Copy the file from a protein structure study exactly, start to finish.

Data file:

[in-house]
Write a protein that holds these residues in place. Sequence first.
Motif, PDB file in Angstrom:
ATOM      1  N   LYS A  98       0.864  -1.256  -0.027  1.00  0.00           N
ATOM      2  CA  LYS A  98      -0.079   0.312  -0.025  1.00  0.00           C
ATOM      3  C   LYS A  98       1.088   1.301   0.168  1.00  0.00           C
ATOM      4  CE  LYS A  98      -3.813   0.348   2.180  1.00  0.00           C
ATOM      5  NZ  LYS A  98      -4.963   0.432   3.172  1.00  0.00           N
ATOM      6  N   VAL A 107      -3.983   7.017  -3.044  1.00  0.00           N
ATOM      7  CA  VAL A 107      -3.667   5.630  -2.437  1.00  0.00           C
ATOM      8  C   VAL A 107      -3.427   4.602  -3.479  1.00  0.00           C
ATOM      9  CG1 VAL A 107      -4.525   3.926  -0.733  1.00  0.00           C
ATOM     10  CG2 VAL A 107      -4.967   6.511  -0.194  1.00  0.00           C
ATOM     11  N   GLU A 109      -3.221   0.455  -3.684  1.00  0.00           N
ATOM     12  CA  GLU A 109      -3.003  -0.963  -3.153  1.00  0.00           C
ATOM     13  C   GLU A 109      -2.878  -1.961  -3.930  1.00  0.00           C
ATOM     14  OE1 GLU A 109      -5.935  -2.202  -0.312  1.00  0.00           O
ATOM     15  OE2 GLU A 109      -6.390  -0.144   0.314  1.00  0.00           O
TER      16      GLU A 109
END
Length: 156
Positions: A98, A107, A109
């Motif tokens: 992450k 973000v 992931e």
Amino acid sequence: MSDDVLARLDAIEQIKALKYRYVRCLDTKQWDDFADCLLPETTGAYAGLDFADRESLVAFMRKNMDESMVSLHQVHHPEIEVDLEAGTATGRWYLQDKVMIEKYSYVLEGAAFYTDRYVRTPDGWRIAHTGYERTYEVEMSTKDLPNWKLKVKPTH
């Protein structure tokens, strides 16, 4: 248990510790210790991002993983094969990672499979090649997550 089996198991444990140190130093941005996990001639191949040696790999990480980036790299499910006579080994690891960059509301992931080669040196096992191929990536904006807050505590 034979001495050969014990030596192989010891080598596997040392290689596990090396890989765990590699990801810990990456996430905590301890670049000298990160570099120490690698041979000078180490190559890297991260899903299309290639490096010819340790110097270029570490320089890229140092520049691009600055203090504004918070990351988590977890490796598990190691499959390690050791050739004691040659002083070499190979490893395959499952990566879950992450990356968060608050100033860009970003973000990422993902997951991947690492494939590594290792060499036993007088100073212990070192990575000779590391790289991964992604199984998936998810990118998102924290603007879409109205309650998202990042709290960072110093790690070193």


[in-house]
Write a protein that holds these residues in place. Sequence first.
Motif, PDB file in Angstrom:
ATOM      1  N   LYS A  98       0.864  -1.256  -0.027  1.00  0.00           N
ATOM      2  CA  LYS A  98      -0.079   0.312  -0.025  1.00  0.00           C
ATOM      3  C   LYS A  98       1.088   1.301   0.168  1.00  0.00           C
ATOM      4  CE  LYS A  98      -3.813   0.348   2.180  1.00  0.00           C
ATOM      5  NZ  LYS A  98      -4.963   0.432   3.172  1.00  0.00           N
ATOM      6  N   VAL A 107      -3.983   7.017  -3.044  1.00  0.00           N
ATOM      7  CA  VAL A 107      -3.667   5.630  -2.437  1.00  0.00           C
ATOM      8  C   VAL A 107      -3.427   4.602  -3.479  1.00  0.00           C
ATOM      9  CG1 VAL A 107      -4.525   3.926  -0.733  1.00  0.00           C
ATOM     10  CG2 VAL A 107      -4.967   6.511  -0.194  1.00  0.00           C
ATOM     11  N   GLU A 109      -3.221   0.455  -3.684  1.00  0.00           N
ATOM     12  CA  GLU A 109      -3.003  -0.963  -3.153  1.00  0.00           C
ATOM     13  C   GLU A 109      -2.878  -1.961  -3.930  1.00  0.00           C
ATOM     14  OE1 GLU A 109      -5.935  -2.202  -0.312  1.00  0.00           O
ATOM     15  OE2 GLU A 109      -6.390  -0.144   0.314  1.00  0.00           O
TER      16      GLU A 109
END
Length: 156
Positions: A98, A107, A109
């Motif tokens: 992450k 973000v 992931e």
Amino acid sequence: MSDDVLARLDAIEQIKALKYRYVRCLDTKQWDDFADCLLPETTGAYAGLDFADRESLVAFMRKNMDESMVSLHQVHHPEIEVDLEAGTATGRWYLQDKVMIEKYSYVLEGAAFYTDRYVRTPDGWRIAHTGYERTYEVEMSTKDLPNWKLKVKPTH
């Protein structure tokens, strides 16, 4: 248990510790210790991002993983094969990672499979090649997550 089996198991444990140190130093941005996990001639191949040696790999990480980036790299499910006579080994690891960059509301992931080669040196096992191929990536904006807050505590 034979001495050969014990030596192989010891080598596997040392290689596990090396890989765990590699990801810990990456996430905590301890670049000298990160570099120490690698041979000078180490190559890297991260899903299309290639490096010819340790110097270029570490320089890229140092520049691009600055203090504004918070990351988590977890490796598990190691499959390690050791050739004691040659002083070499190979490893395959499952990566879950992450990356968060608050100033860009970003973000990422993902997951991947690492494939590594290792060499036993007088100073212990070192990575000779590391790289991964992604199984998936998810990118998102924290603007879409109205309650998202990042709290960072110093790690070193």